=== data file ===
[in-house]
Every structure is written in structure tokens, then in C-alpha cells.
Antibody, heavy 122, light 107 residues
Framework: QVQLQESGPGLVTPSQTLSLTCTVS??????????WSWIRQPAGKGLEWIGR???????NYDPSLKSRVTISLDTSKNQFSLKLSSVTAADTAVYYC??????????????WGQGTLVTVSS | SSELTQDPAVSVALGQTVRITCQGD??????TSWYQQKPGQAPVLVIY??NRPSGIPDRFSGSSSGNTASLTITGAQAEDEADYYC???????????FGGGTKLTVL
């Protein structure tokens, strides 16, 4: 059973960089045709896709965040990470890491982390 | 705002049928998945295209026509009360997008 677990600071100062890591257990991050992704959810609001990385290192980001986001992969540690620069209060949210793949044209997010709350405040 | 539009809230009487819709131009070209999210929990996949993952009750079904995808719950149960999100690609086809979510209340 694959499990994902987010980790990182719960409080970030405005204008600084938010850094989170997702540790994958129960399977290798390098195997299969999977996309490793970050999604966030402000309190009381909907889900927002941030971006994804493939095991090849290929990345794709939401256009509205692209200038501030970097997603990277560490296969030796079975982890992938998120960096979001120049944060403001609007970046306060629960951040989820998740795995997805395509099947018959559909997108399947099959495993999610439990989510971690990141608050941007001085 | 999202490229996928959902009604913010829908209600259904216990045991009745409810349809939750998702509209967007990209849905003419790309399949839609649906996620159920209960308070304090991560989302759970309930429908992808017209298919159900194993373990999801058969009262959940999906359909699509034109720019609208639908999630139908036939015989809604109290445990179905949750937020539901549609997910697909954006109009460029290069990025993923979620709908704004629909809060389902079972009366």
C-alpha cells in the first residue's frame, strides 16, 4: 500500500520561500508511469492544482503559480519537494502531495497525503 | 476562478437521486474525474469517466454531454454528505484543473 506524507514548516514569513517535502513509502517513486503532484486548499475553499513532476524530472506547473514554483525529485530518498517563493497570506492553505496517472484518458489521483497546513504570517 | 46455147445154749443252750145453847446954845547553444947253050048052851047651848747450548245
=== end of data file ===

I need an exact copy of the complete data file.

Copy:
[in-house]
Every structure is written in structure tokens, then in C-alpha cells.
Antibody, heavy 122, light 107 residues
Framework: QVQLQESGPGLVTPSQTLSLTCTVS??????????WSWIRQPAGKGLEWIGR???????NYDPSLKSRVTISLDTSKNQFSLKLSSVTAADTAVYYC??????????????WGQGTLVTVSS | SSELTQDPAVSVALGQTVRITCQGD??????TSWYQQKPGQAPVLVIY??NRPSGIPDRFSGSSSGNTASLTITGAQAEDEADYYC???????????FGGGTKLTVL
């Protein structure tokens, strides 16, 4: 059973960089045709896709965040990470890491982390 | 705002049928998945295209026509009360997008 677990600071100062890591257990991050992704959810609001990385290192980001986001992969540690620069209060949210793949044209997010709350405040 | 539009809230009487819709131009070209999210929990996949993952009750079904995808719950149960999100690609086809979510209340 694959499990994902987010980790990182719960409080970030405005204008600084938010850094989170997702540790994958129960399977290798390098195997299969999977996309490793970050999604966030402000309190009381909907889900927002941030971006994804493939095991090849290929990345794709939401256009509205692209200038501030970097997603990277560490296969030796079975982890992938998120960096979001120049944060403001609007970046306060629960951040989820998740795995997805395509099947018959559909997108399947099959495993999610439990989510971690990141608050941007001085 | 999202490229996928959902009604913010829908209600259904216990045991009745409810349809939750998702509209967007990209849905003419790309399949839609649906996620159920209960308070304090991560989302759970309930429908992808017209298919159900194993373990999801058969009262959940999906359909699509034109720019609208639908999630139908036939015989809604109290445990179905949750937020539901549609997910697909954006109009460029290069990025993923979620709908704004629909809060389902079972009366």
C-alpha cells in the first residue's frame, strides 16, 4: 500500500520561500508511469492544482503559480519537494502531495497525503 | 476562478437521486474525474469517466454531454454528505484543473 506524507514548516514569513517535502513509502517513486503532484486548499475553499513532476524530472506547473514554483525529485530518498517563493497570506492553505496517472484518458489521483497546513504570517 | 46455147445154749443252750145453847446954845547553444947253050048052851047651848747450548245